Hi everyone, Alaks Sevugan here. So, have been following my previous posts on Services Overview and Service Templates? If not, this will be a good time to review the blog posts. In this post, I will be covering how to customize and deploy a Service in VMM 2012.
Let’s say that you have created a service template using the service designer and you are ready to deploy the service. You need to select which Cloud or Host group, you want the service to be deployed to. VMM will run the intelligent placement algorithm for placing multiple VMs in the service on the most appropriate hosts in the host group or cloud in the environment - this will be based on VM requirements and available host resources.
· When the target is a host group, you will be given a preview of each VM in the service and the suitable host it be deployed to. And as part of customizing the deployment, you can choose a different host if you need to.
· When the target is a Cloud, hosts are hidden from the preview and you can customize any of the settings for the deployment or change some of the VM properties.
Ability to provide overrides as a part of Service deployment enables you to author a Service Template once and deploy it to multiple environments – test, dev, production etc., without having to change the Service Template for each environment.
Service Deployment Preview
This is the Service deployment preview in VMM. You can see that this Service has been deployed to the Seattle Test Cloud and none of the host information is shown. Setting values, like database name, connection string etc. that need to be provided as a part of deployment can be provided here as shown.
Once you have customized and you are happy with the preview, you can go ahead and deploy the service. Here is a typical flowchart that explains Service Deployment:
Job Trail for Service Deployment
As the service is being deployed in VMM, the job trail in the Jobs views gives you the current status of the deployment. All the VMs in each tier are deployed in parallel. Once the VMs are deployed, the applications in each tier are deployed in parallel based on the deployment order.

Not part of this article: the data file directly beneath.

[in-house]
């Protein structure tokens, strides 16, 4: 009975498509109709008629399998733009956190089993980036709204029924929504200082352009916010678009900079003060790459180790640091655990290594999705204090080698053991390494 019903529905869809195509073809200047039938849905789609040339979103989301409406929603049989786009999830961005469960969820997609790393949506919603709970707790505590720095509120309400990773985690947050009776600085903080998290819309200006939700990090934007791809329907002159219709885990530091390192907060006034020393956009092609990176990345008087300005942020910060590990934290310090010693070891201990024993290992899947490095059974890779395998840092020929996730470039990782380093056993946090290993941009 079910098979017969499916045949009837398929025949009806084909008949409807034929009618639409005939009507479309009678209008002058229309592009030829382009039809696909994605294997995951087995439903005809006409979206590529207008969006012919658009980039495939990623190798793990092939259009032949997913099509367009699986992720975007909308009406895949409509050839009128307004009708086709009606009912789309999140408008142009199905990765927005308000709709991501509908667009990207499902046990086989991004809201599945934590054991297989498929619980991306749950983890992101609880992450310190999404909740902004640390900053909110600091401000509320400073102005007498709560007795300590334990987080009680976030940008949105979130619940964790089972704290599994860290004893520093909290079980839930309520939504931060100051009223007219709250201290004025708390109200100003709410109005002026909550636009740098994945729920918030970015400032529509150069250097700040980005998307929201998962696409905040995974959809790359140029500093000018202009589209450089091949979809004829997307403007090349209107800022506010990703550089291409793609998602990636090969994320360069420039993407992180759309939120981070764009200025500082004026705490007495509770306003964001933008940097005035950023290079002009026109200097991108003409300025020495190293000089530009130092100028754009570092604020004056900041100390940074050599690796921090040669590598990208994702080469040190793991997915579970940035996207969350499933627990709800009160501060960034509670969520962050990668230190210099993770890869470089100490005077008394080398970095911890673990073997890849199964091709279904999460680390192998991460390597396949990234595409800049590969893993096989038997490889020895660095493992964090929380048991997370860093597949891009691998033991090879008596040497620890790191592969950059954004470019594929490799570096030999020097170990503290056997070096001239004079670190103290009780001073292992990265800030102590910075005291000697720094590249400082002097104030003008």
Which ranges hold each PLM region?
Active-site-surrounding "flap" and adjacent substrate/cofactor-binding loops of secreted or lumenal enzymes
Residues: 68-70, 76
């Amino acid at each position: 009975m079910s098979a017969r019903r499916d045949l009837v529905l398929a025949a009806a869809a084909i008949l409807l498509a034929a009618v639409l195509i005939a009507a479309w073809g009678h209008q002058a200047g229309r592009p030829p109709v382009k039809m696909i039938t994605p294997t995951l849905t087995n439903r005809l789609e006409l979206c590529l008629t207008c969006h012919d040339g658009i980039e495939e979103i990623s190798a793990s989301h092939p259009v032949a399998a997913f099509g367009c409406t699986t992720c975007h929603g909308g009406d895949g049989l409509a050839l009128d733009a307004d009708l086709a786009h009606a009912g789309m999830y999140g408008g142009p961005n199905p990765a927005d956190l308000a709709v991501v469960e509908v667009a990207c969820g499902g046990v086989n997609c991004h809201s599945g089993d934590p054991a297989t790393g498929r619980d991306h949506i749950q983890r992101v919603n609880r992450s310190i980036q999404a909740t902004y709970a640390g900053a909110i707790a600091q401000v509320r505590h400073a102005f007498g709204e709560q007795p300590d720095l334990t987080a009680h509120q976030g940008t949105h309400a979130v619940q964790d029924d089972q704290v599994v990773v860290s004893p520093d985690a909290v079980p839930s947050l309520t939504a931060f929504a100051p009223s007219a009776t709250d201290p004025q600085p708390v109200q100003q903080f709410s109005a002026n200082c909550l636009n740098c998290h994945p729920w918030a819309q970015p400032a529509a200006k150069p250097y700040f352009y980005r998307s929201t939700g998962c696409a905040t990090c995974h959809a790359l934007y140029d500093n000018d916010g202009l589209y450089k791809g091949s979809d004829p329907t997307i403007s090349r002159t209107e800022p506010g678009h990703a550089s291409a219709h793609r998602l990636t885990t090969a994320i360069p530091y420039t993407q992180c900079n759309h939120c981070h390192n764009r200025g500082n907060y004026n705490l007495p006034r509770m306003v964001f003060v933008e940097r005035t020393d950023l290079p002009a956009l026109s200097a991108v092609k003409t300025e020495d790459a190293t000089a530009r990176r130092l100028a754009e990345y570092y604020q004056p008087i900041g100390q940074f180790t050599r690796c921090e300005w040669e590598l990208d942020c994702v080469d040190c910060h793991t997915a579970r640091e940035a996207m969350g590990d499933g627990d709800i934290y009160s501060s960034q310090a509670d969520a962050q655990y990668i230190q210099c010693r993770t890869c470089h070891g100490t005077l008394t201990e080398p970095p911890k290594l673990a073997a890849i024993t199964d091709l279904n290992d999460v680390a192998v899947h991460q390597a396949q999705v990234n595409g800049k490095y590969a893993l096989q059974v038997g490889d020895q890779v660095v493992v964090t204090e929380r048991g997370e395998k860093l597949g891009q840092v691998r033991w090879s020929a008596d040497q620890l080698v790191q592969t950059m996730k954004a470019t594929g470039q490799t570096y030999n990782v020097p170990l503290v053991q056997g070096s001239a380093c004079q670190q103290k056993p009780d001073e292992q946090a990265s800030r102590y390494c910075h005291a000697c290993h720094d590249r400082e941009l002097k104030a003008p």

If the job fails for any reason, the job can be restarted and the job will continue from where it left off. If the job continues to fail, then the specific VMs can be deleted and the job restarted, so the VM get recreated.
If the service deployment job fails, the system does not roll back any changes. You need to delete the failed service and redeployed the service, if the service has to be deployed from the beginning.
Here is a typical Service Deployment Job Trail:
Deployed Service in VMM
When the Service is being deployed or the Service is deployed successfully, the Service can be viewed in the “VM and Services” navigation bar. Here is a typical screenshot for the Services deployed to the host groups:
Deployed Service in OpsMgr
Once a service is deployed, here is a typical layout of what a deployed Service diagram looks like in OpsMgr. This layout is for a Petshop service - Petshop service has 3 tiers Web Tier, Mid Tier and a SQL Tier. This Service Diagram is generated as the Service is being deployed in VMM.
This completes the Service authoring and deployment blogs. In the next blog we will look at how to manage the updates to the Service.
Until next time…enjoy creating, customizing and deploying Services in your environment.
Alaks Sevugan | Senior Program Manager
The App-V Team blog: http://blogs.technet.com/appv/ The WSUS Support Team blog: http://blogs.technet.com/sus/ The SCMDM Support Team blog: http://blogs.technet.com/mdm/ The ConfigMgr Support Team blog: http://blogs.technet.com/configurationmgr/ The SCOM 2007 Support Team blog: http://blogs.technet.com/operationsmgr/ The SCVMM Team blog: http://blogs.technet.com/scvmm/ The MED-V Team blog: http://blogs.technet.com/medv/ The DPM Team blog: http://blogs.technet.com/dpm/ The OOB Support Team blog: http://blogs.technet.com/oob/ The Opalis Team blog: http://blogs.technet.com/opalis The Service Manager Team blog: http: http://blogs.technet.com/b/servicemanager The AVIcode Team blog: http: http://blogs.technet.com/b/avicode The System Center Essentials Team blog: http: http://blogs.technet.com/b/systemcenteressentials The Server App-V Team blog: http: http://blogs.technet.com/b/serverappv
Pretty awesome. Do you support non-Microsoft clouds?
Presently we support cloud based on SCVMM.
What are the types of non-Microsoft clouds you are looking at?